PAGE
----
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end /end/ noun
end verb


انداختن گوی جک و سایر گویها از نقطه شروع به انطرف چمن (بولینگ روی چمن) ، انتها ، اخر ، فرجام ، سر ، نوک ، طرف ، بپایان رساندن ، تمام کردن ، خاتمه دادن ، خاتمه یافتن ، کامپیوتر: خاتمه یافتن ، روانشناسی: غایت ، ورزش: میله های تحت دفاع بازیگر معین ، انداختن گوی جک و سایر گویها از نقطه شروع به انطرف چمن
الکترونیک: انتها ، خاتمه ، خاتمه دادن ، خاتمه یافتن ، کامپیوتر: میله های تحت دفاع بازیگر معین ، کریکت : زمین حریف ، تنیس : ، انداختن گوی جک و سایر گویها از نقطه شروع به انطرف چمن ، بولینگ روی چمن : پایان یک دور ، ورزشی: پایان ، غایت ، روانشناسی: پایان ، انتها، اخر، خاتمه ، فرجام ، سر، نوک ، طرف ، بپایان رساندن ، تمام کردن ، خاتمه دادن ، خاتمه یافتن کامپیوتر: دستور خروج در برنامه نویسی ، پایان

[TahlilGaran] Persian Dictionary

end
[noun]
Synonyms:
- extremity, boundary, edge, extent, extreme, limit, point, terminus, tip
- finish, cessation, close, closure, ending, expiration, expiry, stop, termination
- conclusion, culmination, denouement, ending, finale, resolution
- remnant, butt, fragment, leftover, oddment, remainder, scrap, stub
- destruction, death, demise, doom, extermination, extinction, ruin
- purpose, aim, goal, intention, object, objective, point, reason
[verb]
Synonyms:
- finish, cease, close, conclude, culminate, stop, terminate, wind up
Antonyms: beginning, begin
Contrasted words: center, hub, middle, genesis, inception
Related Idioms: cutoff point, end of the line, stopping point
Related Words: borderline, tip, extreme, extremity, consummation, culmination, expiration, coda, curtains, finale, finality, finis, terminal, windup, butt end, fag end, leaving, remainder, remnant, residue, part, particle, piece
English Thesaurus: end, finish, be over, come to an end, draw to an end/to a close, ...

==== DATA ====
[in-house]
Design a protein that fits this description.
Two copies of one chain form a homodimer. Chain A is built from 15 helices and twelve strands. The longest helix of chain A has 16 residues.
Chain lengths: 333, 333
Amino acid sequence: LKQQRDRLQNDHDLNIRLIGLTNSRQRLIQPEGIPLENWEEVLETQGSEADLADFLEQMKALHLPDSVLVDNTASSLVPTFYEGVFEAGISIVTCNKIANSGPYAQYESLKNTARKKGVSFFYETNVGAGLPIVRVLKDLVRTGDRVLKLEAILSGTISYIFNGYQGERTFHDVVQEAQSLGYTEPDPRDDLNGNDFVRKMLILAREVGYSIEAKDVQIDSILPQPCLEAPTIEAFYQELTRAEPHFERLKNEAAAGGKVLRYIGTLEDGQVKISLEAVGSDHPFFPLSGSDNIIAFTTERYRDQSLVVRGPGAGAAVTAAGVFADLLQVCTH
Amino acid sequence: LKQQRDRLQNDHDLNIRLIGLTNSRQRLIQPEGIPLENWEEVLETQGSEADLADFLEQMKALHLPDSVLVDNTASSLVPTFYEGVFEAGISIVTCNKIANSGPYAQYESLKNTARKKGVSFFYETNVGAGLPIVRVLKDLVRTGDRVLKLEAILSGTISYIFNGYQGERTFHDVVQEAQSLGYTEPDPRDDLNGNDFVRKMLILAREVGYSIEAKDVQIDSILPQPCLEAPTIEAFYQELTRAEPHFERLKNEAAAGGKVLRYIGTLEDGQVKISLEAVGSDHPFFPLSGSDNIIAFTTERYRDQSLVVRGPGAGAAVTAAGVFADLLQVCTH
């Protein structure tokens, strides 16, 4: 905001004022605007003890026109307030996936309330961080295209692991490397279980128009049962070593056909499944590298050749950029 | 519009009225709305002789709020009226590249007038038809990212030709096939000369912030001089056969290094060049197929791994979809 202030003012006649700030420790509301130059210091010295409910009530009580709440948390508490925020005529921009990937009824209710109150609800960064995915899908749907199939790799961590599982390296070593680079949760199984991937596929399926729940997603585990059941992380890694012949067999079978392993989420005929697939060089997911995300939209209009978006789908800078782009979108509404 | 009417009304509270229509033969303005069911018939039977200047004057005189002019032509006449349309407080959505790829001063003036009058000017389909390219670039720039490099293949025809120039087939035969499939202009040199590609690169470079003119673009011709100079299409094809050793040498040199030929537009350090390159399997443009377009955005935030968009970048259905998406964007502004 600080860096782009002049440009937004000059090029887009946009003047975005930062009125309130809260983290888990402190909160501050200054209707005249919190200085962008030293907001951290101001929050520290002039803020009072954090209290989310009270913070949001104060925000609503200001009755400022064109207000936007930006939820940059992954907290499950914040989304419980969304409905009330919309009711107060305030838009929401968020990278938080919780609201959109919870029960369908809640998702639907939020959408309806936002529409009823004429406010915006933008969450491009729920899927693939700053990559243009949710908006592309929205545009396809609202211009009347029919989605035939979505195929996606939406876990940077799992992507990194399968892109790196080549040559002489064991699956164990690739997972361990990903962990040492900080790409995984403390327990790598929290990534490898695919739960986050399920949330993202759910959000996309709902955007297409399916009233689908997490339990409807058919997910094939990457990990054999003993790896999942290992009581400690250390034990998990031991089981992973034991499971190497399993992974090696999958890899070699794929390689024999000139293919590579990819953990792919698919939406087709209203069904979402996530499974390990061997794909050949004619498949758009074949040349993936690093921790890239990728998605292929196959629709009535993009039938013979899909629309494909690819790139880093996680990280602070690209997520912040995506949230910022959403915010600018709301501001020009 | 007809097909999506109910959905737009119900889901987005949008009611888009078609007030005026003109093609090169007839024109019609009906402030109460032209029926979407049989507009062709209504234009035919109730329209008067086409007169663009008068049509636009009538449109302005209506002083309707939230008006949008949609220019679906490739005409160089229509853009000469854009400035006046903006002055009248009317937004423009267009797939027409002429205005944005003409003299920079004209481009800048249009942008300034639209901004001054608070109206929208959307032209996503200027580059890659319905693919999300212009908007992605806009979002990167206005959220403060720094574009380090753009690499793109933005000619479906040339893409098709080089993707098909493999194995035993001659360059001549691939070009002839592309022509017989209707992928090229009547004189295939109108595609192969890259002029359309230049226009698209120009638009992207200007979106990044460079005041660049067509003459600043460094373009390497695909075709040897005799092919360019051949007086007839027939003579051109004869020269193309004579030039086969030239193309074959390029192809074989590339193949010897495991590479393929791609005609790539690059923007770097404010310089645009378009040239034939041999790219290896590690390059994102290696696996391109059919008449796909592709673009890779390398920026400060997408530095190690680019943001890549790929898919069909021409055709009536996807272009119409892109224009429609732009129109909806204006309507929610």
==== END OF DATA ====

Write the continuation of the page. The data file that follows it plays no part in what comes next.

[TahlilGaran] English Synonym Dictionary

I. end1 S1 W1 /end/ noun
[Word Family: noun: end, ending; adjective: unending, endless; verb: end; adverb: endlessly]
[Language: Old English; Origin: ende]

1. LAST PART [singular] the last part of a period of time, event, activity, or story Antonym : beginning, start
end of
Costs are expected to double by the end of 2012.
at the end
What would she find at the end of her journey?
Hooker’s death marked the end of an era.
I played the tape from beginning to end.

2. FINISHED [singular] a situation in which something is finished or no longer exists
put/bring an end to something
It’s hoped the talks may bring an end to the violence.
call for/demand an end to something
The EU is demanding an end to the ivory trade.
At last it seemed the war might be coming to an end.
The spacecraft is nearing the end of its useful life.
be at an end
He rose to indicate that the conversation was at an end.
Well, I hope that’s the end of the matter.
Another year has passed, with no end in sight to the suffering.

3. FURTHEST PART [countable] the part of a place or object that is furthest from its beginning or centre
end of
We sat at opposite ends of the table.
He wore spectacles perched on the very end of his nose.
The end of the pencil snapped.
Jo joined the end of the line.
the far end (=furthest from you) of the room
The channel measures 20 feet from end to end.
stand/place something on end (=in an upright position)
He stood the box on end to open it.
lay/place something end to end (=in a line, with the ends touching)
bricks laid end to end

4. SCALE [countable usually singular] one of the two points that begin or end a scale
lower/cheaper etc end
the cheaper end of the price range
At the opposite end of the political spectrum are the Marxist theories.
Some teenagers are just a nuisance, but at the other end of the scale there are kids who pose a real threat.

5. CONNECTION [countable usually singular] one of two places that are connected by a telephone call, journey etc
the end of the phone/line